Upon arriving in Ecuador, you will be overwhelmed by the numerous tour operators proposing various day or multi-day trips for getting to know the country. Indeed, this is the most comfortable and time-saving way to go. But if you decide to solely rely on tour operators, you risk blowing up your travel budget. For those of you that feel a bit more adventurous, here below you will find a thorough budget guide on how to explore Ecuador on your own!
- What is included: Detailed tips and routes for a perfect itinerary in the mainland of Ecuador! Truth be told, it is the Galápagos Islands alone that have contributed to the fame of Ecuador as a tourist destination. However, travel buffs know very well that the country’s mainland has a whole lot to offer to its visitors. In fact, it can easily serve as a stand-alone trip for those that might not have the budget to head to the pricey Galápagos.
- What is not included: Budget tips for Galápagos, since I have not (yet) visited Galápagos Islands! However, I invite you to have a look on the dedicated article “Ecuador | Galápagos – Start Planning & Budgeting Your Next Trip”, where I am sharing useful info I collected for Galápagos.
Time-wise, I personally recommend 10 days at the very minimum for exploring the mainland. If you can afford more time, you will definitely not regret it. There are so many things to do and see that every day really counts in your favor! But for first-time visitors, 10 days should be pretty much OK.
Otavalo Market (day-trip from Quito)
Whatever your reasons may be (shopping good quality textile and artisanal “goodies” OR getting to see from up close a local indigenous tribe), the Otavalo Market is the place to be! The market is open all week round, but the most popular day is Saturday. So, if you can be flexible on the day of your visit, target for a Saturday!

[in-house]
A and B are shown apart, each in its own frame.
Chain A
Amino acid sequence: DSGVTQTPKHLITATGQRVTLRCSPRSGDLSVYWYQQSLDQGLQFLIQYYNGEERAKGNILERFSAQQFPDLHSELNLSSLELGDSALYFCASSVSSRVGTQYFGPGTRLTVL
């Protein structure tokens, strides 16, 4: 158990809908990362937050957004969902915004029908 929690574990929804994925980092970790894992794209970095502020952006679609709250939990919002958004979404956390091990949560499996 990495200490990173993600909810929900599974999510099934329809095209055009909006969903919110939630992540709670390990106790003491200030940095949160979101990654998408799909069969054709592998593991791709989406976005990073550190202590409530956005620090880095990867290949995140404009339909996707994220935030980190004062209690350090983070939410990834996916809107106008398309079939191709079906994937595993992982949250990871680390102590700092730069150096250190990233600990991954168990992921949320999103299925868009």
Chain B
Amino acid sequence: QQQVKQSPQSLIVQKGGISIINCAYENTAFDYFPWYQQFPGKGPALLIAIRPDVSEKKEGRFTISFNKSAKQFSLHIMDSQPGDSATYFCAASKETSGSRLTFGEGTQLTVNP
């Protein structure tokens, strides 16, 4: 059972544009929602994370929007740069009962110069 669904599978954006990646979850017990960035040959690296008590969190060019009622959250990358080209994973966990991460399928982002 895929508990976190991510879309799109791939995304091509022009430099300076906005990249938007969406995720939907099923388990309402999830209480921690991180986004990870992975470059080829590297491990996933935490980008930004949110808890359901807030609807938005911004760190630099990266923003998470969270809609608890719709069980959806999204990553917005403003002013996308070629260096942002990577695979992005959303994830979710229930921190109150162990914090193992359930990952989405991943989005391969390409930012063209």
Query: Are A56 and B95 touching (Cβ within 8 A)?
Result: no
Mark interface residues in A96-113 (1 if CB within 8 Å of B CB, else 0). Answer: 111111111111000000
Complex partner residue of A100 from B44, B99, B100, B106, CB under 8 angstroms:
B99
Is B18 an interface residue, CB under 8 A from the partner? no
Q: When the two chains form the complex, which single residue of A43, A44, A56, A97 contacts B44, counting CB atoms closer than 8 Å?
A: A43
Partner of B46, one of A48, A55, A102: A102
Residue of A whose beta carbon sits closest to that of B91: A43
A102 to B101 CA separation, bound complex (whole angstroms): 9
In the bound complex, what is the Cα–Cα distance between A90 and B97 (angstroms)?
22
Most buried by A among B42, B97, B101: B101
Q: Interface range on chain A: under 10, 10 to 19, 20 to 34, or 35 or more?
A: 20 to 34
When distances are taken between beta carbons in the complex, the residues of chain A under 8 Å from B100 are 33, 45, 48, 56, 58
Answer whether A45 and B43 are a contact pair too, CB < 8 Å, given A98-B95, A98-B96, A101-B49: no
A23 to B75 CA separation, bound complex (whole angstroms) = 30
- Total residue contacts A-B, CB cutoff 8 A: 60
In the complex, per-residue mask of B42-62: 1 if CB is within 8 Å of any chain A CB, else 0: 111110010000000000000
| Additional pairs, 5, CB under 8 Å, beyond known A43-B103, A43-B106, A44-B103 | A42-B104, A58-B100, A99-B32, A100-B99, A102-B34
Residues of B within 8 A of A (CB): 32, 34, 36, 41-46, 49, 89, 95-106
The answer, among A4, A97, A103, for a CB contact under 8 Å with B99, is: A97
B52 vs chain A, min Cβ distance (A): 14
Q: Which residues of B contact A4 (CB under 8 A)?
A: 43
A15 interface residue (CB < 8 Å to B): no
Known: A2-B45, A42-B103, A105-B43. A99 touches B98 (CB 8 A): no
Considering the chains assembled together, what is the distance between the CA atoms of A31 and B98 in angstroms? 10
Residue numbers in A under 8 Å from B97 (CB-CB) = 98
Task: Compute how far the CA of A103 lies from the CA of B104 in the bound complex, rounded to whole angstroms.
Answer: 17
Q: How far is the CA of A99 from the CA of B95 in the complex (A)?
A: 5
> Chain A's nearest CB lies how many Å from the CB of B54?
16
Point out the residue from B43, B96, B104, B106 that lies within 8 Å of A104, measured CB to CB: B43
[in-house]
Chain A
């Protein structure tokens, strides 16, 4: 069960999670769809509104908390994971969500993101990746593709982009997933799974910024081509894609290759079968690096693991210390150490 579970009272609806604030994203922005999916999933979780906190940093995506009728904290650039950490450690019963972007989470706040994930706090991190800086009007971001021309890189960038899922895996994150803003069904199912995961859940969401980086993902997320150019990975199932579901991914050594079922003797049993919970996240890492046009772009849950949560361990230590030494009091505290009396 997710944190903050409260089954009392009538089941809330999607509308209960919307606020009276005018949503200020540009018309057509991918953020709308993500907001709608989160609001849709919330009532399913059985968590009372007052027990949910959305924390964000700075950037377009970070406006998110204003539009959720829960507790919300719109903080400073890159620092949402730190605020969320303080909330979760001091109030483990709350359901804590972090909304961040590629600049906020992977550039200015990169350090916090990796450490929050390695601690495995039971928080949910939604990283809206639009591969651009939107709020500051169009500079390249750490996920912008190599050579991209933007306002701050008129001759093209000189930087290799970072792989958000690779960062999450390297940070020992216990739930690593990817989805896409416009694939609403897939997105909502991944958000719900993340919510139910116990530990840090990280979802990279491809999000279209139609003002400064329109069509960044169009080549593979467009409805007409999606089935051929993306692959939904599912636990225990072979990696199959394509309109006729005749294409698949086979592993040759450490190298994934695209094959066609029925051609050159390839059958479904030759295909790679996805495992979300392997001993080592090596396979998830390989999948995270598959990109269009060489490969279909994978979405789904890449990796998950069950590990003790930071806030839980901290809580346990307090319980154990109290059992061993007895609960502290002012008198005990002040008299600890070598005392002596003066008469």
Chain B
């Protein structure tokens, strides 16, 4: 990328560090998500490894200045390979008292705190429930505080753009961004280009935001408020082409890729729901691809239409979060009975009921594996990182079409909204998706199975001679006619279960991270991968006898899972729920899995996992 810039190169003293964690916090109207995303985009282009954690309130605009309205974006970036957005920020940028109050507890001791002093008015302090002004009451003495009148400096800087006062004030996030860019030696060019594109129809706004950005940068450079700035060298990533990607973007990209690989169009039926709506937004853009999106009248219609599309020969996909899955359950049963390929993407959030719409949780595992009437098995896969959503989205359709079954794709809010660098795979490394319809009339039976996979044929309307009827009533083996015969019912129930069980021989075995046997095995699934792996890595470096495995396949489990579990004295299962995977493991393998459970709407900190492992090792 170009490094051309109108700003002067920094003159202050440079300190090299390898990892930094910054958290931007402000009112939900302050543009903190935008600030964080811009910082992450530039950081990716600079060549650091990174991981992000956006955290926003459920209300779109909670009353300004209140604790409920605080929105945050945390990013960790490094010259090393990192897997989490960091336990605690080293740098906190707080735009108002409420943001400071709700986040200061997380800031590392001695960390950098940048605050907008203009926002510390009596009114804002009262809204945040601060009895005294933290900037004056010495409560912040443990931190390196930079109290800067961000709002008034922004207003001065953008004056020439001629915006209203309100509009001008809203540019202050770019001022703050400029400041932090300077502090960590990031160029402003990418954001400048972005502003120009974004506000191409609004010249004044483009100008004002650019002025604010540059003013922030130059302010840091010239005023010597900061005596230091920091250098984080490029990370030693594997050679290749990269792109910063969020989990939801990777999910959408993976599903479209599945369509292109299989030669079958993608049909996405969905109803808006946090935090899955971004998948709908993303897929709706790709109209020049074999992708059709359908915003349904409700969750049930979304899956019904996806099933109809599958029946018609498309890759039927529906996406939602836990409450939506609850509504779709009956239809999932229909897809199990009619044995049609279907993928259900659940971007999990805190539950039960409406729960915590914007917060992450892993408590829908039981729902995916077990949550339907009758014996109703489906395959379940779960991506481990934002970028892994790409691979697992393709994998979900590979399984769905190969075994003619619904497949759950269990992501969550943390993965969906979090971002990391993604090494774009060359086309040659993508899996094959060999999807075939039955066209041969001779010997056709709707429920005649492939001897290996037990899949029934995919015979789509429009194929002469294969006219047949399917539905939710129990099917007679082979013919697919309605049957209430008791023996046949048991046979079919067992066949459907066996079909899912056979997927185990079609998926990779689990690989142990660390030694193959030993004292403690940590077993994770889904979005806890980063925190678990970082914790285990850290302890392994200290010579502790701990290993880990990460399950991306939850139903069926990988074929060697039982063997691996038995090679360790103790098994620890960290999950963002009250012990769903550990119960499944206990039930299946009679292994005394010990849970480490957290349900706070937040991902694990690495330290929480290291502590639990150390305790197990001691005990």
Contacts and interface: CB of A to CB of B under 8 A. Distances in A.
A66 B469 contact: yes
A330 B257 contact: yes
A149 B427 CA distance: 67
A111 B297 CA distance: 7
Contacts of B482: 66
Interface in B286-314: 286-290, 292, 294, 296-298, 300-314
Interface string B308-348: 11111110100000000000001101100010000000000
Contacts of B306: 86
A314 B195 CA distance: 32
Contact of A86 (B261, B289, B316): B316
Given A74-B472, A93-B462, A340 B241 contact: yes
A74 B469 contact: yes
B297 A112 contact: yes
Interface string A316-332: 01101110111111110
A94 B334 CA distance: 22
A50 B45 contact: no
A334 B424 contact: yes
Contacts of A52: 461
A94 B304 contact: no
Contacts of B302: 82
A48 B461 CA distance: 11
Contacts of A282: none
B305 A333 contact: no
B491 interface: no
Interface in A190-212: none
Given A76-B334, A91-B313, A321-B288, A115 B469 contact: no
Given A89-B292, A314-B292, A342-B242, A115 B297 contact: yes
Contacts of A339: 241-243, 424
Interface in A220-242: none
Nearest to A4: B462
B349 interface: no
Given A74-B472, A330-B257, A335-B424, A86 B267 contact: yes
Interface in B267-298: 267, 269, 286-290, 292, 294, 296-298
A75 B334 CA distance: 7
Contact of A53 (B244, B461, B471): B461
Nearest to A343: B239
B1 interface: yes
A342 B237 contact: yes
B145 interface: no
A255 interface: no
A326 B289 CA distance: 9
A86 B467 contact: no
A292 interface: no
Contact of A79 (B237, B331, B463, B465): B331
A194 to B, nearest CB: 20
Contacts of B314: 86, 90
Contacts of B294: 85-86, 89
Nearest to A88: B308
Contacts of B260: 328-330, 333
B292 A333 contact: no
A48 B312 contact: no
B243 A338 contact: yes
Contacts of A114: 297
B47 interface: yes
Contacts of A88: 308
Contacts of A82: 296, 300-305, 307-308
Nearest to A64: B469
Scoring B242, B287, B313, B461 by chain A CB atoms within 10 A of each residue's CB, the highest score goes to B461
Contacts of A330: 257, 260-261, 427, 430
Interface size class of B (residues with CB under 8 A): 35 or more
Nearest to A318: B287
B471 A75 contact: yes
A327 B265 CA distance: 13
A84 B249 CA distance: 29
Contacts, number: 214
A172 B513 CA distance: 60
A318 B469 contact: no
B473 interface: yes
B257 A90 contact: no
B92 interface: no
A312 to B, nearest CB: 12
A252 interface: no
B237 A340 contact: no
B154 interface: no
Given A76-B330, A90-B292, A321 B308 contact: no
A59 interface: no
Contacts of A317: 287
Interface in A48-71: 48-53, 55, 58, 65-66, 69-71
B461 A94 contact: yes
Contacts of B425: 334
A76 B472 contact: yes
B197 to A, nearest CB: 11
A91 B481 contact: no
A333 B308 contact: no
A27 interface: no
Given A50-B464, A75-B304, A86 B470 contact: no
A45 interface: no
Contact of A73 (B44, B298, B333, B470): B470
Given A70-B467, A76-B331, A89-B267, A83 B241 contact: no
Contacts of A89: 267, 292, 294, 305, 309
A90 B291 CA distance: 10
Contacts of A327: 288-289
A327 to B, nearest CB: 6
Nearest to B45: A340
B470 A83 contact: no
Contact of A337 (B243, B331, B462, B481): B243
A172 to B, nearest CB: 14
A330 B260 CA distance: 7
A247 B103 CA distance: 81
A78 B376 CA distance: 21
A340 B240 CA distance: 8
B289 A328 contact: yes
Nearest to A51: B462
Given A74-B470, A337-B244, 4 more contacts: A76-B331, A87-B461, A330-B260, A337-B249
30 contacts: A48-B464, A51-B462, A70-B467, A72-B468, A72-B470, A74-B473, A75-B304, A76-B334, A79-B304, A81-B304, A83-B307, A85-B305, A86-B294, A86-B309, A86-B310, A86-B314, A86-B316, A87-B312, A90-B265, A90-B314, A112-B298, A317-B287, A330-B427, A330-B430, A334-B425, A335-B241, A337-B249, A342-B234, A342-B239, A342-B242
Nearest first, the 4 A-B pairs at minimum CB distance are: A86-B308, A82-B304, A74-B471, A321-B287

Even if people will suggest that you take an organized tour starting from 59$ (usually combined with a couple of additional sites to make it more attractive), getting to Otavalo on your own is super easy. All you need to do is reach the Carcelen bus station on the north of Quito (any transportation option will cost you 0.25$). From there, there is a frequent bus connection to Otavalo. The trip takes about 2 hours and costs 2.5$ each way.
Mindo (1-2 days)
Mindo is a small village, located in a subtropical cloud forest, approximately 2.5 hours northwest of Quito. It is particularly popular for its biodiversity, and as such it mainly attracts nature and bird lovers.
Popular visits and activities to engage with while in Mindo:
- Bird-watching: Mindo is listed among the best bird watching destinations, while it has also ranked within the Top-3 locations in the world with the highest count of birds. To be successful in your bird-watching endeavor, you should take part in one of the guided tours organized onsite (starting from 50$). Of course, you can still go on your own, by following certain hiking trails. The Yellow House trails are the most well-known for bird-watching, and are accessible under a certain entrance fee (6$).
- Visit the Butterfly Farm (Mariposario de Mindo): Home to over 1,000 species of butterflies. Entrance fee: 7.5$
- Orchid Garden: Over 200 kinds of orchids can be found here. Entrance fee: 3$ (including tour)
- Ziplining: 20$ for 1.5h
- Chocolate Factory Tour: 10$
- Hiking: free
- Rafting, tubing, mountain biking, and a lot more…
The visit to Mindo can be done through a full day group tour from Quito. This will cost you approximately 59$ (excluding the entrance tickets for all above mentioned sites/activities, but including lunch). I personally don’t think that it is worth taking such a tour because: